What Will Trudeau Talk To Trump About?

Posted in Agriculture, Border Security, Buy America, Canada's Federal Government, Canada-EU CETA, Cross-border trade, Customs Law, Energy, Export Controls & Economic Sanctions, Government Procurement, Harmonization, Immigration law, Imports Restrictions, Labour, NAFTA, Softwood Lumber, State Governments, Trade Agreeements, U.S. Federal Government

On February 13, 2017, Prime Minister Trudeau will travel to the United States to visit with President Trump. The most important topic for discussion is that Canada-United States relationship. The most important goal is to ensure that trading relationshiop remains strong. This is a fun post, which is based on trade issues between Canada and the… Continue Reading

Drugs and Bugs: The CBSA Watches Flower Imports Carefully

Posted in Agriculture, Border Security, Customs Law, Imports Restrictions

Every year around Valentine’s Day (and Mother’s Day and Easter), the CBSA is extra busy inspecting shipments of flowers from Colombia and Ecuador.  Shipments of flowers into Canada are most commonly shipped by air or transported from the United States after importation through Miami. The two things the CBSA is looking for in fresh cut… Continue Reading

Thickening of the Border – What Is Canada’s Concern?

Posted in Border Security, Canada's Federal Government, Cross-border trade, Customs Law, Energy, Exports, Harmonization, Immigration law, Imports Restrictions, NEXUS, Politics, U.S. Supreme Court

The phrase “thickening of the border” equates with increased regulations and costs, which result in difficulties or slow-downs at the border such that goods and people move at the pace of molasses. Border wait times increase as new border charges are paid and shipments are inspected and border officers assess risks.  Any thickening of the… Continue Reading

Trump and Trade

Posted in Aerospace & Defence, Border Security, Buy America, Corporate Counsel, Cross-border deals, Cross-border trade, Customs Law, Elections, Government Procurement, Harmonization, Imports Restrictions, Legal Developments, Trade Agreeements

Originally published by the Journal of Commerce in February 2017 In the first two weeks of the new Trump Administration, all international traders want to talk about, and with good reason, is where does the new President really stand on trade? On the one hand, he has taken advantage of trading opportunities to generate profits… Continue Reading

Canada Commences “Food Safety for Canadians Regulations” Consultation Process

Posted in Agriculture, Cross-border trade, Imports Restrictions, Legal Developments

On January 21 2017, the Canadian Food Inspection Agency commenced a consultation regarding proposed “Food Safety for Canadians Regulations”.  The proposed Regulations is lengthy and affects imports and importers of food products.  This is not meant to suggest that imports are unfairly targeted – this is not the case.  Inter-provincial trade in food products and exports… Continue Reading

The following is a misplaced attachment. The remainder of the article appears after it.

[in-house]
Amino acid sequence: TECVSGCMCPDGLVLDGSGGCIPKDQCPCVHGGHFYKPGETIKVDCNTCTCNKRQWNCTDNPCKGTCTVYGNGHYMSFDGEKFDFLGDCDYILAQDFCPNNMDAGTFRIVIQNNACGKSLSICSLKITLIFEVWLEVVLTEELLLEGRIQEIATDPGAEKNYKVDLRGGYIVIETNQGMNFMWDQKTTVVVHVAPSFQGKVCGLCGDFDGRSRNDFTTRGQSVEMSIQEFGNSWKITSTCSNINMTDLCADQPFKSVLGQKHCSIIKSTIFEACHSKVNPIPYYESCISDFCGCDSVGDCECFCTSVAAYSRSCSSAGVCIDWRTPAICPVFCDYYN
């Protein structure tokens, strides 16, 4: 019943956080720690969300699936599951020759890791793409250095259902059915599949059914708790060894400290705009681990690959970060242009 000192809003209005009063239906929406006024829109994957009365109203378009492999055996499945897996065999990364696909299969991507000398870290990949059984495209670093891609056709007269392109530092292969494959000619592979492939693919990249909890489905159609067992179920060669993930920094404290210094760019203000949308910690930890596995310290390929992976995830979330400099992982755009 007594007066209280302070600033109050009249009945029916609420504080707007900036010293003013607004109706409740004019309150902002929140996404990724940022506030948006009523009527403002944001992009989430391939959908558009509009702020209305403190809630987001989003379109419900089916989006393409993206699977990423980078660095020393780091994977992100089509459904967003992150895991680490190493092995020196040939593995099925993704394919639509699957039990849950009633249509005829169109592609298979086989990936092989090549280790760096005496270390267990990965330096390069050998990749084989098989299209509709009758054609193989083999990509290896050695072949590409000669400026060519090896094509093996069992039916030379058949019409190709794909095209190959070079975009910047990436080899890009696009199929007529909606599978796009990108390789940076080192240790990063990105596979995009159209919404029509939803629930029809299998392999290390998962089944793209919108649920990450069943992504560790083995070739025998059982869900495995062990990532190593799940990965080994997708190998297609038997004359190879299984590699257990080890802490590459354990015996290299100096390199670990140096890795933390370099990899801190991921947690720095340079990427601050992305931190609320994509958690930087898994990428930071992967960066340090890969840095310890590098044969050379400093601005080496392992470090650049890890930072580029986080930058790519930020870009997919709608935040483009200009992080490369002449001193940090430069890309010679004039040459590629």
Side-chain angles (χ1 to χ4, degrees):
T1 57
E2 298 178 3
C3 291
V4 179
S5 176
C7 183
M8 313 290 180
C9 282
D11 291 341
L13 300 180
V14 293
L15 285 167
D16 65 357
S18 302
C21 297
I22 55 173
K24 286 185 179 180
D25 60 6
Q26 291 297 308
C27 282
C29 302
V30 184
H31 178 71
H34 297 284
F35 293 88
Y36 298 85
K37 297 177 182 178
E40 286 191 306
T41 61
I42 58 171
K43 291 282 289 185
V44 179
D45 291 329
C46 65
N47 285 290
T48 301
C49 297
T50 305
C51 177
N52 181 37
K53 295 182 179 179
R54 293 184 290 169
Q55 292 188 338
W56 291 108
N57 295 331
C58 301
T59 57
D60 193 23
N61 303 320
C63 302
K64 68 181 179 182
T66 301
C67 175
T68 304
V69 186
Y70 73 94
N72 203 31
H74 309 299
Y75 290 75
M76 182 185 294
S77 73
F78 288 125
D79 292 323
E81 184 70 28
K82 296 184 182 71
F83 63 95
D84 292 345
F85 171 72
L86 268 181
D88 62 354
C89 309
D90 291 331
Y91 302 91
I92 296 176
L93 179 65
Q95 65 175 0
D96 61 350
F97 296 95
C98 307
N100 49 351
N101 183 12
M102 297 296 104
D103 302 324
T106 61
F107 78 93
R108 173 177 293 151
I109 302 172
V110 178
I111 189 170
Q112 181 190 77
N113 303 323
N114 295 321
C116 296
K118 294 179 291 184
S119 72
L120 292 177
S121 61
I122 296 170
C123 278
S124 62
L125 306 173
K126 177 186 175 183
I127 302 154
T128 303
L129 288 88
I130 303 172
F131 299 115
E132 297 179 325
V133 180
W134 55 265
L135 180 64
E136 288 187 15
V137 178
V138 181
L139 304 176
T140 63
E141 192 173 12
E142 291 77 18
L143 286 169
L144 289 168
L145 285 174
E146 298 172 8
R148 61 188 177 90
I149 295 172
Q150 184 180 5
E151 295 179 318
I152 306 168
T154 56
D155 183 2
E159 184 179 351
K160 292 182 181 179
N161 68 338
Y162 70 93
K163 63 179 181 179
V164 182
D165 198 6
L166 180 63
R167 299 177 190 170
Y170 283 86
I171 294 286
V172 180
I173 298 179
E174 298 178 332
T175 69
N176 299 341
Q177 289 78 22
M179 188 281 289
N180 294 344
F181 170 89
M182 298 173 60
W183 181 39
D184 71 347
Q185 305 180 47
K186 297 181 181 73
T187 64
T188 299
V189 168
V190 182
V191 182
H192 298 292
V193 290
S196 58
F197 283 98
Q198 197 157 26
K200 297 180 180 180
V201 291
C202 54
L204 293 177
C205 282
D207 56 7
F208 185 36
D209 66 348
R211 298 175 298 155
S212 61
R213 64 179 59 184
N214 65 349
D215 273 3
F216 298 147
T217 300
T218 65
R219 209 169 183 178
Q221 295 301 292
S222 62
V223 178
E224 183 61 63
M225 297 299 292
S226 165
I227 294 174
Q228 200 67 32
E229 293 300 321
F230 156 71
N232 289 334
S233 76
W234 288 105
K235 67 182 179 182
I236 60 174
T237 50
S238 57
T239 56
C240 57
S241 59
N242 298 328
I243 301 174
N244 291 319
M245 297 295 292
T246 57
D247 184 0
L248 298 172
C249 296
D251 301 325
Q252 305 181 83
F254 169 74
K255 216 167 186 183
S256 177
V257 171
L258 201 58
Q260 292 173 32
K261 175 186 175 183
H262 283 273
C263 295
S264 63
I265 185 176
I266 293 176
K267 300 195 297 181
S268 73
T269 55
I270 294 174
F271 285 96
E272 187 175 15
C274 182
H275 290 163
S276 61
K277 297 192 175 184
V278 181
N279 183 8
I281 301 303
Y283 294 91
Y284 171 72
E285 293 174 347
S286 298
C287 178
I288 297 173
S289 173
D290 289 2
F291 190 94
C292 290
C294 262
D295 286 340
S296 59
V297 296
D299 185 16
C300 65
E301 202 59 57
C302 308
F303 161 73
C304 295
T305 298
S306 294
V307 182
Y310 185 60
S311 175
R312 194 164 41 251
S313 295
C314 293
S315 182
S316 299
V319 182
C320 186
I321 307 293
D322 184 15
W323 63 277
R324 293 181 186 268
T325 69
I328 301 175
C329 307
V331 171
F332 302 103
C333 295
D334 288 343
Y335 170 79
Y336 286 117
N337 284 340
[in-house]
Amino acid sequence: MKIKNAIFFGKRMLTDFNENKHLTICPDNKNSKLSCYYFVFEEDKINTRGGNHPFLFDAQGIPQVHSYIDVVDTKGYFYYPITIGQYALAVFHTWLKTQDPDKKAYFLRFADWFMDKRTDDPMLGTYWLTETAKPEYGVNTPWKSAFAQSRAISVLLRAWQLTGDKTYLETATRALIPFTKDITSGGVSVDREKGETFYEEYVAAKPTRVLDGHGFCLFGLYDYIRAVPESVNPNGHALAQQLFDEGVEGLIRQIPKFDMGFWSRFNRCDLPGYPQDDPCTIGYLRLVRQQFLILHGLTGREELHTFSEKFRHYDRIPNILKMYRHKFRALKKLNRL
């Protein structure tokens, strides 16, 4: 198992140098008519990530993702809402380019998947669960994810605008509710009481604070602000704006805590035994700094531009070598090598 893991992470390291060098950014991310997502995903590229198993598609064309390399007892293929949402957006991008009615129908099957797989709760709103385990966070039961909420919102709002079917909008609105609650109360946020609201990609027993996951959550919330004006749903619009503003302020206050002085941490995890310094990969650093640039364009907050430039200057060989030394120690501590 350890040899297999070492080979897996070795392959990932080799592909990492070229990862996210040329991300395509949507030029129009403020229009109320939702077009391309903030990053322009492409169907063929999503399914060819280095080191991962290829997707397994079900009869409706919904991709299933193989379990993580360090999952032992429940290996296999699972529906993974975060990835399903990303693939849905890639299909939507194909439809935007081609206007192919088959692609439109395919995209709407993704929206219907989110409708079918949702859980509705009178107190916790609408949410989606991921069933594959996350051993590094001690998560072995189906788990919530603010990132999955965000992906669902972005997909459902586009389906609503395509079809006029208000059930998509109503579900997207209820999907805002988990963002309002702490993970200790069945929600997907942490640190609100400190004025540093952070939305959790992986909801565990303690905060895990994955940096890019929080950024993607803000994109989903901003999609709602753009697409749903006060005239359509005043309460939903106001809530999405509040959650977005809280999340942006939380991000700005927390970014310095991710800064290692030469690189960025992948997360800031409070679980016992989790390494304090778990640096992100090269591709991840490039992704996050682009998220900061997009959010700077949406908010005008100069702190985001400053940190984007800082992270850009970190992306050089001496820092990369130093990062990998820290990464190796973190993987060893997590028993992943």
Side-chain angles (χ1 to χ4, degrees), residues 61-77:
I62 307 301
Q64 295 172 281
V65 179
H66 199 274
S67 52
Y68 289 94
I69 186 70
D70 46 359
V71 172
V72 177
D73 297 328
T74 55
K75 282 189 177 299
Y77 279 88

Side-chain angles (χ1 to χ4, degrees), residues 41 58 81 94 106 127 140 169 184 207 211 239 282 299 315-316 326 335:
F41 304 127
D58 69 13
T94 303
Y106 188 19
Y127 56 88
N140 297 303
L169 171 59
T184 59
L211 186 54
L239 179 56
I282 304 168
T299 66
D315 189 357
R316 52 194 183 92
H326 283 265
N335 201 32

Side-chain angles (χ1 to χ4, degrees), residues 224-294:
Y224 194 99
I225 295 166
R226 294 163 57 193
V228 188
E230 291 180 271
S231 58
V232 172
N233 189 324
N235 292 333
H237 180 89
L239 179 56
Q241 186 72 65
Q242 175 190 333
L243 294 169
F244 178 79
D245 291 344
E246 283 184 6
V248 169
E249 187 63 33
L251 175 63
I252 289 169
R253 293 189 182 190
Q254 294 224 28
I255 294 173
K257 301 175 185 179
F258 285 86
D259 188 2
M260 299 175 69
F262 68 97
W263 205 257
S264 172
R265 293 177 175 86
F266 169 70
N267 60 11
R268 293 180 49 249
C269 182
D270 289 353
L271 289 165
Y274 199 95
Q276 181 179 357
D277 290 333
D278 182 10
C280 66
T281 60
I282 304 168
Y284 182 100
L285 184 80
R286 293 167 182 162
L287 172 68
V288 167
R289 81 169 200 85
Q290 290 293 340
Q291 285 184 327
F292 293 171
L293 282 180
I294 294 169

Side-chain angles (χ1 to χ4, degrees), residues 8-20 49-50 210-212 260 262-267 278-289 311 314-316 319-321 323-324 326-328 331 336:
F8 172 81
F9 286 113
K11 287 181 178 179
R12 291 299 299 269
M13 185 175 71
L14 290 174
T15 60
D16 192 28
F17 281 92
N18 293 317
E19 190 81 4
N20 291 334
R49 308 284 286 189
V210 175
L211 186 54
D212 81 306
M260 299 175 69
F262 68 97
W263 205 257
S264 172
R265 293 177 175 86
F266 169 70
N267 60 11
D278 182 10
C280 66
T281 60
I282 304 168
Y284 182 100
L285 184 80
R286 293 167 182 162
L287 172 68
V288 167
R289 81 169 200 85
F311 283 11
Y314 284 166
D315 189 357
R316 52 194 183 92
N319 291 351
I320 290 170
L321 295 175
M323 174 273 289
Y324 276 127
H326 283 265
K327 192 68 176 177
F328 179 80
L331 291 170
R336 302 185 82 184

The CBSA (as Administrator of Laws) Must Follow CITT Decisions (Subject to Limited Exceptions)

Posted in Antidumping, Cross-border litigation, Customs Law, Government Procurement, Imports Restrictions

This case is a must-read for all customs and trade lawyers.  This case is a must- read by other administrative lawyers who appear before quasi-judicial tribunals. The general administrative law rules for law enforcers and tribunals have been clarified in simple, understandable terms. May there be greater certainty, greater predictability and finality as a result of this… Continue Reading

Importing Goods From China: Three Things You Must Do To Minimize Border Costs

Posted in Antidumping, Customs Law, GST/HST, Imports Restrictions, Intellectual Property, origin, tariff classification, Trade Remedies, valuation

Canadian businesses, small, medium and large import goods from China. It is a reality in a globalized supply chain.  Many Canadian businesses buy Chinese-origin goods from suppliers in a third country (e.g., the United States). Most businesses understand that they must pay all applicable customs duties at the time of importation.  Many companies understand that… Continue Reading

SME Importing and Exporting Toolkits Posted on the CBSA Website

Posted in AMPs, Border Security, Canada's Federal Government, Customs Law, Export Controls & Economic Sanctions, Exports, GST/HST, Imports Restrictions, NAFTA, NEXUS, origin, tariff classification, valuation

On August 22, 2016, the Canada Border Services Agency (“CBSA”) posted on its website toolkits for small to medium sized enterprises.  The toolkits cover (1) importing, (2) exporting, (3) other CBSA resources, (4) other governmental resources and (5) contact information.  However, the CBSA did not include the posting of the toolkits in its “Latest News”… Continue Reading

Making NAFTA Relevant Again! Why Did The Chicken Not Cross The Border?

Posted in Cross-border trade, Imports Restrictions, NAFTA, tariff classification, Uncategorized

Canada’s Minister of Agriculture, Mr. MacAulay, has said that five Canadian companies have lost their certification to import chicken, stemming from another trade problem related to U.S. imports. The revocations of import privileges relate to mislabeling of good chicken as spent fowl.  An investigation was started after a surge in imports of high-quality made-for-meat “broiler”… Continue Reading